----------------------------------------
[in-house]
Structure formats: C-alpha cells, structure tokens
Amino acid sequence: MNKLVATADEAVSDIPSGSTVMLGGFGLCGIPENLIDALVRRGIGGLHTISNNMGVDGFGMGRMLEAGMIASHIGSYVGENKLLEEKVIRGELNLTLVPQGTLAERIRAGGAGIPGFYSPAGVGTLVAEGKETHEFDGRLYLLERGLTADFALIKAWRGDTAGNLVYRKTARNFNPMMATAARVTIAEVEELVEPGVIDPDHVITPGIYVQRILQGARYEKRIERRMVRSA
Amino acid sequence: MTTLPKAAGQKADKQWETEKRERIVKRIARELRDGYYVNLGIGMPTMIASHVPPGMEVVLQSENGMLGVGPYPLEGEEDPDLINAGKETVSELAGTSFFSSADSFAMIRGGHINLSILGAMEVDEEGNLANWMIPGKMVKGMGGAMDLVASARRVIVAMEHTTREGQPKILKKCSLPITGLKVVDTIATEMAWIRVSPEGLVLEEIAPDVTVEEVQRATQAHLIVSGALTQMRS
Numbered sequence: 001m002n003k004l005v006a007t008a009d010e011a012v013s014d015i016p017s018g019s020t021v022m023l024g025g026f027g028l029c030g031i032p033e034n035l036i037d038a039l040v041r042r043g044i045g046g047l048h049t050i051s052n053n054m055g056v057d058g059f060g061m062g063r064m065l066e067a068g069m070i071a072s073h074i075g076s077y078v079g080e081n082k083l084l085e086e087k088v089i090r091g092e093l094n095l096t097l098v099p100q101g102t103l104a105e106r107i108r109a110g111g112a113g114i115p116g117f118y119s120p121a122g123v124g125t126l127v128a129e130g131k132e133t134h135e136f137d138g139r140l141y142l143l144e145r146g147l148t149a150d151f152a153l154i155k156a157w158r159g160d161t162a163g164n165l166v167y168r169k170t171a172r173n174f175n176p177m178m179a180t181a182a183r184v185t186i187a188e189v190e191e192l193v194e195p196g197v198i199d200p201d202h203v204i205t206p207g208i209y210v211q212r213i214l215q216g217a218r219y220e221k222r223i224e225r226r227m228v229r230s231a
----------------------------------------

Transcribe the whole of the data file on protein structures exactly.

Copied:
[in-house]
Structure formats: C-alpha cells, structure tokens
Amino acid sequence: MNKLVATADEAVSDIPSGSTVMLGGFGLCGIPENLIDALVRRGIGGLHTISNNMGVDGFGMGRMLEAGMIASHIGSYVGENKLLEEKVIRGELNLTLVPQGTLAERIRAGGAGIPGFYSPAGVGTLVAEGKETHEFDGRLYLLERGLTADFALIKAWRGDTAGNLVYRKTARNFNPMMATAARVTIAEVEELVEPGVIDPDHVITPGIYVQRILQGARYEKRIERRMVRSA
Amino acid sequence: MTTLPKAAGQKADKQWETEKRERIVKRIARELRDGYYVNLGIGMPTMIASHVPPGMEVVLQSENGMLGVGPYPLEGEEDPDLINAGKETVSELAGTSFFSSADSFAMIRGGHINLSILGAMEVDEEGNLANWMIPGKMVKGMGGAMDLVASARRVIVAMEHTTREGQPKILKKCSLPITGLKVVDTIATEMAWIRVSPEGLVLEEIAPDVTVEEVQRATQAHLIVSGALTQMRS
Numbered sequence: 001m002n003k004l005v006a007t008a009d010e011a012v013s014d015i016p017s018g019s020t021v022m023l024g025g026f027g028l029c030g031i032p033e034n035l036i037d038a039l040v041r042r043g044i045g046g047l048h049t050i051s052n053n054m055g056v057d058g059f060g061m062g063r064m065l066e067a068g069m070i071a072s073h074i075g076s077y078v079g080e081n082k083l084l085e086e087k088v089i090r091g092e093l094n095l096t097l098v099p100q101g102t103l104a105e106r107i108r109a110g111g112a113g114i115p116g117f118y119s120p121a122g123v124g125t126l127v128a129e130g131k132e133t134h135e136f137d138g139r140l141y142l143l144e145r146g147l148t149a150d151f152a153l154i155k156a157w158r159g160d161t162a163g164n165l166v167y168r169k170t171a172r173n174f175n176p177m178m179a180t181a182a183r184v185t186i187a188e189v190e191e192l193v194e195p196g197v198i199d200p201d202h203v204i205t206p207g208i209y210v211q212r213i214l215q216g217a218r219y220e221k222r223i224e225r226r227m228v229r230s231a